This is the second part in a series about running a small business, using data as the lifeblood of the organisation. You can find the first part here, where I discuss ideas and opportunities for small organisations to use their data and criticism to move forward, just as well as large organisations. Here, I discuss some approaches for being a fail fast bee.
Bees have distinct personalities, with some bee nomads vagabonds rarely returning to the same flower twice, while more risk-averse conscientious insects keep going back to trusted sources of pollen. With technology, it's easy to stay with what you know. Excel, for example, is a great example of this. I'm convinced that most businesses are running on Excel. It's really hard to get people to use other tools and Excel is a true victim of its own success.
Bees Fail Fast
Bees have two main categories of exploration and exploitation flight. In the exploration flights, bees tend to do short flights, and they conserve energy by being fuel efficient. In other words, bees 'fail fast'.
Like bees, organisations need to fail fast, and can reduce the likelihood of doing so by having a good cohesive and collaborative strategy, and a clear vision.
Envisage Difficulties as your Training Budget
How can you fail fast but save face? One word of wisdom from the with Hertfordshire Growth Hub team recently was to put difficult experiences and people behind you, and allocate them to a mental 'training budget'. It means organisations can compartmentalise and parcel things up better and move forward. This doesn't mean that you go back to those situations but it does mean that your little bee antennae twitch better!
Bees Benefit Their Environments
In bee exploitation flights, they benefit themselves and their environments by collecting their pollen; a Bee quid pro quo, if you will. Digital Transformation is one area where I help organisations move from one place to a better place, using technology in order to provide business benefits. A great way to do this is to start with Excel, and move business intelligence to business analytics, then to predictive analytics, cognitive services and IOT, with a focus on demonstrating value back to the business early.
Bees differentiate between Pollen and Pollution
The static electricity produced by bees means that airborne particles stick to their wings and body. In fact, bees are helping scientists to monitor air pollution. Bees are so vital for pollination because so much static electricity builds up in their fur that it draws in tiny particles, and pretty much everything will stick to a bee’s body and wings.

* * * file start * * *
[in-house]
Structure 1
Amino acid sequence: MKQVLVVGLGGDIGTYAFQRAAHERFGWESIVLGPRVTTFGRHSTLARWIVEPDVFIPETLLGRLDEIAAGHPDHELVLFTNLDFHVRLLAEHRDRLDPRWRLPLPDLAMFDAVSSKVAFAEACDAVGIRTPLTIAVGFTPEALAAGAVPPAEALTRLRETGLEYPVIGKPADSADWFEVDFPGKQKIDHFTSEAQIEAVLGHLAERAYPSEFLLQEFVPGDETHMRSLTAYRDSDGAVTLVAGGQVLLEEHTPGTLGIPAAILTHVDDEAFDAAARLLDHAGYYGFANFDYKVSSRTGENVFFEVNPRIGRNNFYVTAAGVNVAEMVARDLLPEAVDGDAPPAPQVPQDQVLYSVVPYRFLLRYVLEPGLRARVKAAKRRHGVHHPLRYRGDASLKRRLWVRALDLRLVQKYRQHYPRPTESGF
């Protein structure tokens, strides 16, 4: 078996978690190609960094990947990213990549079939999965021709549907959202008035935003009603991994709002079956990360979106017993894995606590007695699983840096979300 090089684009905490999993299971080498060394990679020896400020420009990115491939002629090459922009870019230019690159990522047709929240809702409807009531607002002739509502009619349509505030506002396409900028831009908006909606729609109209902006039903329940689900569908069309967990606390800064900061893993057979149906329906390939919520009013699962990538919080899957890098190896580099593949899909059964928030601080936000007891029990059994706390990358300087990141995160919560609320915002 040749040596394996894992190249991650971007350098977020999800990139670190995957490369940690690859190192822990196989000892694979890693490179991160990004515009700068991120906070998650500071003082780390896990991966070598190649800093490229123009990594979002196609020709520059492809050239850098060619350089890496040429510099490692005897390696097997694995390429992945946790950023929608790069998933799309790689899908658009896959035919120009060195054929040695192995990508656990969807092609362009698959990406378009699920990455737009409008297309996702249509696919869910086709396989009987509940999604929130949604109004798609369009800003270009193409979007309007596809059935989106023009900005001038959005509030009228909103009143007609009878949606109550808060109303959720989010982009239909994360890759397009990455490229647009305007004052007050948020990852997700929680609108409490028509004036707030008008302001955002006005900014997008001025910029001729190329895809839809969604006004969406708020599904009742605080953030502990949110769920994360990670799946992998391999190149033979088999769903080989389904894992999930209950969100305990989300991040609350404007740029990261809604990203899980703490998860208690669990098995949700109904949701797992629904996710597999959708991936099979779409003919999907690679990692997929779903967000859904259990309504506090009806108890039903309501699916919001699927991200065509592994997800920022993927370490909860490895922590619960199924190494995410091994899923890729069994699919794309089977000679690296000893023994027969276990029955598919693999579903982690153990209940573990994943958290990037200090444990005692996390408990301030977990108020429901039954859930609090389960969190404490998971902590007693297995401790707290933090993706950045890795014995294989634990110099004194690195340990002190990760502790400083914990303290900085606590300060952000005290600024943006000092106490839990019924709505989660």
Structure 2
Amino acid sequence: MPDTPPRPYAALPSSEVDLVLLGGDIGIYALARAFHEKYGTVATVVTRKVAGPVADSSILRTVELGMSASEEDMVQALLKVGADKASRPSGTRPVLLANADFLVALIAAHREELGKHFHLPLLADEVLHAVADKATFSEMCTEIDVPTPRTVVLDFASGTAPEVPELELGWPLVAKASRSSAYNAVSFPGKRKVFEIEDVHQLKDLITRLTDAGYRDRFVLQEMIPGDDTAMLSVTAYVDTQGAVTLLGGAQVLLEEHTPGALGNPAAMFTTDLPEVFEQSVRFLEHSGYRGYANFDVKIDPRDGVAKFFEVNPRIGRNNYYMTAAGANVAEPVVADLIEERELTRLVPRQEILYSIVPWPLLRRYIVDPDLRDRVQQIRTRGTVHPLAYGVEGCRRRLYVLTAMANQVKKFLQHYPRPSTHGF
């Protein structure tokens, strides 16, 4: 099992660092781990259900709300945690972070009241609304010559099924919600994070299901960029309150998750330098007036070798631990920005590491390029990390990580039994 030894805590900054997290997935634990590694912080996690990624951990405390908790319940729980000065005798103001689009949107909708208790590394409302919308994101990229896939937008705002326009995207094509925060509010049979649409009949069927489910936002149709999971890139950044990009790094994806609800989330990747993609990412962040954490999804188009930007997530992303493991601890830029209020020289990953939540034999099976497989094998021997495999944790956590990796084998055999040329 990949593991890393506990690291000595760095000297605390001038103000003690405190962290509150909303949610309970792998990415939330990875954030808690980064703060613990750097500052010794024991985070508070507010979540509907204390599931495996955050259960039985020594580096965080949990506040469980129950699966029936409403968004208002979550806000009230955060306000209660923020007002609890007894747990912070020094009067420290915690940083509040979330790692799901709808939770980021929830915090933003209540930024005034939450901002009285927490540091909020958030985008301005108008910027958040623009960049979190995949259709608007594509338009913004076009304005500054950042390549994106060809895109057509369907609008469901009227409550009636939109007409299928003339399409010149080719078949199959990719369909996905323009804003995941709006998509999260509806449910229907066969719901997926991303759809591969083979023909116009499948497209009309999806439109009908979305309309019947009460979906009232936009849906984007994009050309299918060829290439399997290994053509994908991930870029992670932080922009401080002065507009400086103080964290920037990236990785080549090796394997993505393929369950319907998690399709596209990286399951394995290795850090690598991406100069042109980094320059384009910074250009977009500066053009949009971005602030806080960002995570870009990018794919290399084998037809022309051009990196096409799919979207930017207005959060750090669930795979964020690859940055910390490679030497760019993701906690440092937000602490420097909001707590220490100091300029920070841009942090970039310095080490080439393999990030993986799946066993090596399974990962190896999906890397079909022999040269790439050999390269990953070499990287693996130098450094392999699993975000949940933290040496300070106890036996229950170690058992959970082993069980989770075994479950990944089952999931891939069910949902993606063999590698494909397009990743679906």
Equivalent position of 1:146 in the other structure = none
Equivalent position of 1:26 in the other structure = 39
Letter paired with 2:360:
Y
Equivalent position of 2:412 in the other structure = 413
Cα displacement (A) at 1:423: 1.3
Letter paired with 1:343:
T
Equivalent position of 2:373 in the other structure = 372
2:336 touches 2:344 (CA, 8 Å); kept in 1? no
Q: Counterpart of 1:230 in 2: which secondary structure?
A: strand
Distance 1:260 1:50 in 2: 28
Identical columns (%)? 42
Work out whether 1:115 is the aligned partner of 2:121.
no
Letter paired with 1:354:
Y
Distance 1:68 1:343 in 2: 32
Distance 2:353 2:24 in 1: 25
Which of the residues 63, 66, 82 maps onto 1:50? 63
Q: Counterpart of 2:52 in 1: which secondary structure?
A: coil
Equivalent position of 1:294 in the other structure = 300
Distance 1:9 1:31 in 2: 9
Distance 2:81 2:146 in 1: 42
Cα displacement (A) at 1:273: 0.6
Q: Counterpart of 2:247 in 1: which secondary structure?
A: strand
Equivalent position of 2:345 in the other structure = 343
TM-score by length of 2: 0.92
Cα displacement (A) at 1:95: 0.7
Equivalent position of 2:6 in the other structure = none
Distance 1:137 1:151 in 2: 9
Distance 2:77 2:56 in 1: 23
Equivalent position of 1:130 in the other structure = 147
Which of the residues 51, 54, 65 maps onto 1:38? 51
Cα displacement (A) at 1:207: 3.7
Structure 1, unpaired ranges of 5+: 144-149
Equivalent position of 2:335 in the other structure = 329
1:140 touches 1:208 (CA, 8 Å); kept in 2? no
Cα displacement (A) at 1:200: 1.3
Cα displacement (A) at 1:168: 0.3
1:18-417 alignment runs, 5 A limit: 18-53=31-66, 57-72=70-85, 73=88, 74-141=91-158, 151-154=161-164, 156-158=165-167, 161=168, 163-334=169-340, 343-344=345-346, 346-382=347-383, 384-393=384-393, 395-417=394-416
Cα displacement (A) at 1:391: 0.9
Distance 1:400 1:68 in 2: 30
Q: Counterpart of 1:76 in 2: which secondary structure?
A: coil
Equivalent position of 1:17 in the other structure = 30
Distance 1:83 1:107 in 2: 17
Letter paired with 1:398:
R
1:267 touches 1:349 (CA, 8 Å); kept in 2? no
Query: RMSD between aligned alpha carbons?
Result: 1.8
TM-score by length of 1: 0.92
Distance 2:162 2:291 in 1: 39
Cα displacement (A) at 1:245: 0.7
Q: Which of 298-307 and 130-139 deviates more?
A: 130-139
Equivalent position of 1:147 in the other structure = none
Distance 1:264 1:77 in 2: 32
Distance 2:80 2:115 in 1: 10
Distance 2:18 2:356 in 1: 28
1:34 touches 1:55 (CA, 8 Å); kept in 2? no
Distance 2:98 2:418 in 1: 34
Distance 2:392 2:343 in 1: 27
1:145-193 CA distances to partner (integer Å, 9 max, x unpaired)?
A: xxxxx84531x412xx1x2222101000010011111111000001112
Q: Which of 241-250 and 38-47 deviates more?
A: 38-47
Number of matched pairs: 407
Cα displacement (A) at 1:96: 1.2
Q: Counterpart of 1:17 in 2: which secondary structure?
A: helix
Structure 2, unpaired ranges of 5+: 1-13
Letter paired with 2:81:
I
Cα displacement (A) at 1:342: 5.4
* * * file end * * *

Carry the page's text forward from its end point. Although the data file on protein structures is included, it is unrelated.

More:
Bees need differentiate between the pollen and the pollution, and organisations need to do the same.
I think it's important to show that a company 'mission' statement matches what they are actually doing and achieving. You'd be surprised how often the internal vision does not match up the actual 'do'. Interestingly, a company's blog posts may not have much to do with the actual mission statement, and it can pollute the messaging of the organisation, both internally and externally. An example might be where the organisation issues a lot of technical posts, but claim to do digital transformation or be business leaders.
It's all about Timing
I also want to highlight that many organisations should take a pause before they move forward and jump into technical transformation, under the misguided believe that it is the same thing as Digital Transformation.
All of these things together lead to Action - to happy and repeat customers, more opportunities for me to employ other people and work with different organisations and partners on interesting solutions, and, most of all, be part of an industry that I have loved for the past 19 years, and will continue to energise and excite me.
On a personal note, I'm updating my theoretical and practical experience in Artificial Intelligence to apply to Microsoft Cognitive Services as well as Business Intelligence and Analytics. It's a journey. I'm working with two organisations in this area at the moment, and I expect that seam of my consultancy will grow as I reach organisations who are at the end of the spectrum, as well as the start. My quid pro quo is that I learn a lot, communicate a lot, and give back wholeheartedly to the organisations that I help to move along their Digital Transformation journey.
Any questions, thoughts, or advice - email me at email@example.com